If we’re serious about sending forth an army of gun-toting, beer-drinking, redneck snake-hunters to wade into the Everglades and eradicate the python hordes, we’re going to need more than a couple of piddling cash prizes.
We’ll need a queen.
Any officially sanctioned snake-killing frenzy worth a damn comes with a beauty contest. Apparently, girls in bathing attire, presumably of the snakeskin variety, are downright essential to a successful hunt.
So far, only about 400 contestants have signed up for South Florida’s “2013 Python Challenge,” which kicks off Saturday. Compare that to the Rattlesnake Roundup in Sweetwater (that’s the other Sweetwater) which brings in about 30,000 apparent lunatics every year to a dusty town in the middle of Texas with a population of not quite 11,000, where the only other tourist attraction is the National WASP Museum (for the women Army fliers, not the insects.) South Florida’s python shindig would need 18 million attendees just to keep pace, proportionately, with the festivities in Sweetwater.
What Sweetwater offers, along with the rattlesnake holocaust, is a Miss Snake Charmer, though the title is a bit of misnomer, given that pageant winners are required to decapitate a rattlesnake. I dug up this charming Associated Press quote from Laney Wallace, 16, Miss Snake Charmer circa 2011. “Tomorrow I get to skin snakes and chop their heads off. And I’m super excited about it.”
Go ahead with your snide Freudian analysis, but last year that giant posse of displaced Texas cowboys collected bounties on 1,700 pounds of rattlesnake redeemed at $5.50 a pound.
The Florida Fish and Wildlife Conservation Commission, meanwhile, is offering $1,000 to the hunter who brings in the longest python, and $1,500 for the fellow who bring in the most pythons. Of course, certain rules apply. No roadkill. No pets. “DON’T dismember pythons into more than two pieces or they will not qualify for the ‘longest snake’ category.”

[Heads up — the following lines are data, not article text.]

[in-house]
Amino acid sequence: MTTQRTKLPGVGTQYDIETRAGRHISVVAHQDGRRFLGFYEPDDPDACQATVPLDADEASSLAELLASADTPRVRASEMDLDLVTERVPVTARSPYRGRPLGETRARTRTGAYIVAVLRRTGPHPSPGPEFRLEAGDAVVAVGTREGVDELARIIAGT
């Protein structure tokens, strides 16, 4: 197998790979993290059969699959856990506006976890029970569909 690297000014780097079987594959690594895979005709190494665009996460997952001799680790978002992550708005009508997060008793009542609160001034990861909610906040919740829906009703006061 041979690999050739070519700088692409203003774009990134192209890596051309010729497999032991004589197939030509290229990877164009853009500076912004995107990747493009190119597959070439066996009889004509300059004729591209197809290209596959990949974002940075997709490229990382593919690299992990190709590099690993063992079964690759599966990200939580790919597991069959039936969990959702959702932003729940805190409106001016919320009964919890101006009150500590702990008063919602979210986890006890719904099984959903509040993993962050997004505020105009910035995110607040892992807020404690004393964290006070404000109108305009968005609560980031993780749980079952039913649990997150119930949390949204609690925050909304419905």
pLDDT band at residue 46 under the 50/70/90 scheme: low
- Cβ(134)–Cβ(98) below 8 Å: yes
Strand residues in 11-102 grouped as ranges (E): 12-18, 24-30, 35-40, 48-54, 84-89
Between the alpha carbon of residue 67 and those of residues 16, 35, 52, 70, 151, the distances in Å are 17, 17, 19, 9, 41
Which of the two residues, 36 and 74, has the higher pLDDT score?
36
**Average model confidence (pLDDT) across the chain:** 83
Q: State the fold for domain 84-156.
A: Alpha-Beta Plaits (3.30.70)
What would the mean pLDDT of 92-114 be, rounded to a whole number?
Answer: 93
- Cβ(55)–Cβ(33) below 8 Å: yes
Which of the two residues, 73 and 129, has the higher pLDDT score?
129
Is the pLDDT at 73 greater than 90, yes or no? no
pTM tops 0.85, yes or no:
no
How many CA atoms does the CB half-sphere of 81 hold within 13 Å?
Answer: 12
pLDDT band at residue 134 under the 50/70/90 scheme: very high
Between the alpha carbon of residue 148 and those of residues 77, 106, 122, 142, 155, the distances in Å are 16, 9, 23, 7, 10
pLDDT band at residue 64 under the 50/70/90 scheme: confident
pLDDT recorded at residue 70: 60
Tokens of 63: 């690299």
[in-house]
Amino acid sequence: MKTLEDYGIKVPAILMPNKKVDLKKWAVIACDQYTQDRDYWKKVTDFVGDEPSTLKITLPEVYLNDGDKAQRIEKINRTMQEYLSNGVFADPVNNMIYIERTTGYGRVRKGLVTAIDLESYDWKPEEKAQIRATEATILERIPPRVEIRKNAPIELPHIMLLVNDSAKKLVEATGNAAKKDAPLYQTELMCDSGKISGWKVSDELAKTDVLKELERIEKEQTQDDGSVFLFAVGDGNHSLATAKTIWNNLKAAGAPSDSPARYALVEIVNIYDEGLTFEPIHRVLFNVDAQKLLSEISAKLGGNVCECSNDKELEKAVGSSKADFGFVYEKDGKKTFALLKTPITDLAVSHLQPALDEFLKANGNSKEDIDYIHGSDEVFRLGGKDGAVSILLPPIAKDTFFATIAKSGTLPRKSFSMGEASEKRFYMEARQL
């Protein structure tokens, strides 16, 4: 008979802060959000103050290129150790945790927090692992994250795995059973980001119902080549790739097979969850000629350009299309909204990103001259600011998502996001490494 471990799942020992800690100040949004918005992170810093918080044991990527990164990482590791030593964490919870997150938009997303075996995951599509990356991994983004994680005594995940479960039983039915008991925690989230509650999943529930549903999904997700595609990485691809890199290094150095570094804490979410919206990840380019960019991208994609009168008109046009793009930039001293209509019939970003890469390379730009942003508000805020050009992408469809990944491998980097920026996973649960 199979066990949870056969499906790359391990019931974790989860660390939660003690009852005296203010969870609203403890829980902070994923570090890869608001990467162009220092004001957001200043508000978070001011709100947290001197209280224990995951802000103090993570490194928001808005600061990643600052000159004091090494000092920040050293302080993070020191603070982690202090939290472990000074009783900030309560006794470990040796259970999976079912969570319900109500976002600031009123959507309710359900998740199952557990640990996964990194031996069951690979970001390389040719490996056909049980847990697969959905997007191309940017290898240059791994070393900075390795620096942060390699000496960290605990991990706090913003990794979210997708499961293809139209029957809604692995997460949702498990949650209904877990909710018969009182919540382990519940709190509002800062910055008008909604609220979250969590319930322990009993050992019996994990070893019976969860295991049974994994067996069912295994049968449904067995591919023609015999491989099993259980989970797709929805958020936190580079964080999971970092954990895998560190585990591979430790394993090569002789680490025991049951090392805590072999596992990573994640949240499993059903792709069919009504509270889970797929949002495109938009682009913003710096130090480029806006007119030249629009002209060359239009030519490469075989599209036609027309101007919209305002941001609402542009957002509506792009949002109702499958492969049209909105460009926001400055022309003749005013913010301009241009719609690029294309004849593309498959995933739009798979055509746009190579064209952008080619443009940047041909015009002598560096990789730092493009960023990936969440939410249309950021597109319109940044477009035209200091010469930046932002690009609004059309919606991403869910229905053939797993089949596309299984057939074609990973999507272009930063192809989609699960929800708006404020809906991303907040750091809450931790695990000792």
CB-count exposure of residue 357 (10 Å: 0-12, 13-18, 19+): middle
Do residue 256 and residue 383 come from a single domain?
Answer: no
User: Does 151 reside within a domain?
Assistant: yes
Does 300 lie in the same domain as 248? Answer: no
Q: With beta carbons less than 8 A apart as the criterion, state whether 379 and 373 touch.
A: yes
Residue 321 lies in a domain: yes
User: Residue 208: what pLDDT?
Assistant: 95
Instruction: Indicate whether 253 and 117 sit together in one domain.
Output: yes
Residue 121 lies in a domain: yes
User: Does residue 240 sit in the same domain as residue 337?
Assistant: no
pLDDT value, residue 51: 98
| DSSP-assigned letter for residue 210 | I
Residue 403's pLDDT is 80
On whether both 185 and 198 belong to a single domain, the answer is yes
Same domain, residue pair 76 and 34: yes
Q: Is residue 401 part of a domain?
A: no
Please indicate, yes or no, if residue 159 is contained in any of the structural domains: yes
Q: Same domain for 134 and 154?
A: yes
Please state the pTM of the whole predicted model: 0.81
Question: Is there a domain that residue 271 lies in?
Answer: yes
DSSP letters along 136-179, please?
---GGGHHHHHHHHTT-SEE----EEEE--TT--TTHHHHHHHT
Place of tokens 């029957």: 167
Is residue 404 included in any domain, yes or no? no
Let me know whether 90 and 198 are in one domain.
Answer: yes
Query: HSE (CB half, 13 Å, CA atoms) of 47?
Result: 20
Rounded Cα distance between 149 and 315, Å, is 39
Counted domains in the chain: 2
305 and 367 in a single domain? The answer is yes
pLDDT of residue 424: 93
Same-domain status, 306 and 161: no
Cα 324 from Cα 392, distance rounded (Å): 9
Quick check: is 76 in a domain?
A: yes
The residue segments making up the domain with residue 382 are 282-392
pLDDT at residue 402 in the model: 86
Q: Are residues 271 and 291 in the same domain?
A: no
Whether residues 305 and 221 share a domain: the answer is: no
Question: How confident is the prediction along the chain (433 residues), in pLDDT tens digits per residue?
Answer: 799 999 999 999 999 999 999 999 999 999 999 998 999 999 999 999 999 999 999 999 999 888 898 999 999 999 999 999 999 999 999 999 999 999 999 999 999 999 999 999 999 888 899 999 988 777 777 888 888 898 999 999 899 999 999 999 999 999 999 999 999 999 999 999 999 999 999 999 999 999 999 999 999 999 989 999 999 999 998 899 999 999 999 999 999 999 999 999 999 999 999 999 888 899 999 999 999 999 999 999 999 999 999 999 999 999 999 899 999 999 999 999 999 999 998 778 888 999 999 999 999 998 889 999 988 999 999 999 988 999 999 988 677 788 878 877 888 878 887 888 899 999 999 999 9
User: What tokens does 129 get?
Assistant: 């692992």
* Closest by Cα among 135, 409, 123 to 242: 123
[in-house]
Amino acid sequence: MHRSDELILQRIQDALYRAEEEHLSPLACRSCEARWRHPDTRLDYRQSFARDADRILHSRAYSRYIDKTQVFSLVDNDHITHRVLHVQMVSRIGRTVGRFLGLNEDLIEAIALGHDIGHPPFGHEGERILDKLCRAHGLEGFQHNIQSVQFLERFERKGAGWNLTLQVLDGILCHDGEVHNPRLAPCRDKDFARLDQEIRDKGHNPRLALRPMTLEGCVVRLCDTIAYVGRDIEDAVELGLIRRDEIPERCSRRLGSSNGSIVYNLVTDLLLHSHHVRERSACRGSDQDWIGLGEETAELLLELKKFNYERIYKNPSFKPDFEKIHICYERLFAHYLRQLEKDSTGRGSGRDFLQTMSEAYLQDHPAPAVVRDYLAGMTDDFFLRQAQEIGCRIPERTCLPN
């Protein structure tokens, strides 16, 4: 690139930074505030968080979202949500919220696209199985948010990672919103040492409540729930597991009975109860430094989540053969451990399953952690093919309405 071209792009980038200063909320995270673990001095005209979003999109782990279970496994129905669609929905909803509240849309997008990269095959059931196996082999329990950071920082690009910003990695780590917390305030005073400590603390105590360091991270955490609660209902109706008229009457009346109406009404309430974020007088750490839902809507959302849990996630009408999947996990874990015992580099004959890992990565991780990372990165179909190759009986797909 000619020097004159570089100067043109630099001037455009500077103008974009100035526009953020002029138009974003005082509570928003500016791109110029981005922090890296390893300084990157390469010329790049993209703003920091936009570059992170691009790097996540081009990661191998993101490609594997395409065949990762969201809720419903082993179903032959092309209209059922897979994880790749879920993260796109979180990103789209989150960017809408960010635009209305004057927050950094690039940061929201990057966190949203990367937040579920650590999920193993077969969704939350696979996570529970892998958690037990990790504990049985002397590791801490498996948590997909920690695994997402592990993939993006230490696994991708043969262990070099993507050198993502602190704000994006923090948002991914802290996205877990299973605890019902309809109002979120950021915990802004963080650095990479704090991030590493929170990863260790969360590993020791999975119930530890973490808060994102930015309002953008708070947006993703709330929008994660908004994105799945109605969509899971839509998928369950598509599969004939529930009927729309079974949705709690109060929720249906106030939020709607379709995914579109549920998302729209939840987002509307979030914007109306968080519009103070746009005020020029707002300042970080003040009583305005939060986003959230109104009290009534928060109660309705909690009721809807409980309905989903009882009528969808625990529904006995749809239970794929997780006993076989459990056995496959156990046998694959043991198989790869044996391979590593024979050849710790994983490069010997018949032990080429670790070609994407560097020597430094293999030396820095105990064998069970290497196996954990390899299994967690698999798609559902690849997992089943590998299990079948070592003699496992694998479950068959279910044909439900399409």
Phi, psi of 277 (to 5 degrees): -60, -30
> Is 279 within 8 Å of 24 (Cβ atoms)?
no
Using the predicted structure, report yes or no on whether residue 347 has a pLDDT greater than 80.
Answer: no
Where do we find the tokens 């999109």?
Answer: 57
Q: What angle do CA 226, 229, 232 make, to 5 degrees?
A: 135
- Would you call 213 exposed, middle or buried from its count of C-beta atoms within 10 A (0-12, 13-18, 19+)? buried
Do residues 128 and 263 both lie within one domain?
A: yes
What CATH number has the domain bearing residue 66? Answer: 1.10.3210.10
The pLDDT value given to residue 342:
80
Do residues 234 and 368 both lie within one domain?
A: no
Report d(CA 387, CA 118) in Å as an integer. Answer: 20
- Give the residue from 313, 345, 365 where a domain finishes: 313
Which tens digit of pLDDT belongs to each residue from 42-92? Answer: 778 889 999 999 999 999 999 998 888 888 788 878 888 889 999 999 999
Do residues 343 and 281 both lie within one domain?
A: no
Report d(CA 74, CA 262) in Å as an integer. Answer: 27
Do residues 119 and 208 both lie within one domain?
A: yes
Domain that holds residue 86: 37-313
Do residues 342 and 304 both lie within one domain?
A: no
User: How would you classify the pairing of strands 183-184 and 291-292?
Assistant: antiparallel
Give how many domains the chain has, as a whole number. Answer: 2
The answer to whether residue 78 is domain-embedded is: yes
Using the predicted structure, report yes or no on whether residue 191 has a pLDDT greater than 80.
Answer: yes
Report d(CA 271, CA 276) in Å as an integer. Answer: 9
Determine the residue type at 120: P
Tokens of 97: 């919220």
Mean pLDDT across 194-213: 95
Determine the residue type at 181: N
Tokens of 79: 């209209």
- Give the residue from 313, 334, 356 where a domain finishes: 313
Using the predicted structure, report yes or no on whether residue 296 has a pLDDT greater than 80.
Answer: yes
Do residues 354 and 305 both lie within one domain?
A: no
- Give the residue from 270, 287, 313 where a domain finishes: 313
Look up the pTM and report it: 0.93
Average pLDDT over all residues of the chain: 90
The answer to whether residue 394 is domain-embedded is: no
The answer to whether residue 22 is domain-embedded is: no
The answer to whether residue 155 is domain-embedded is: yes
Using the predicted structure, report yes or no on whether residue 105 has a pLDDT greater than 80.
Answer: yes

Also, pythons must be dispatched humanely. Miss Snake Charmer would be disappointed, but Florida rules won’t allow decapitations. Gunshots to the head, however, will be okay. Also, “captive bolts,” a slaughterhouse instrument familiar to moviegoers as the killer’s favored weapon in No Country for Old Men. A special FWC online python challenge training course suggests: “To target the correct area, draw an imaginary line from the rear left of the head to the right eye, and then draw another line from the rear right of the head to the left eye. While one person is holding the snake in place, position the captive bolt where those lines intersect. The bolt must enter at a slight angle, not flush to the skull.”
Imagine some conscientious serpent hunter, trying to figure the prescribed humane angle while wrestling a 15-foot Burmese python in two feet of black swamp water. No, this particular snake extravaganza will be all about gunplay. If the hunters can find something to shoot.
Apparently, the idea of a python hunt came out of the governor’s office, where it was conceived as a “market driven” solution to a fast-breeding exotic that’s caused considerable damage to native wading bird and small mammal populations. (Instead of, say, pushing Congress to ban the importation of exotic reptiles.)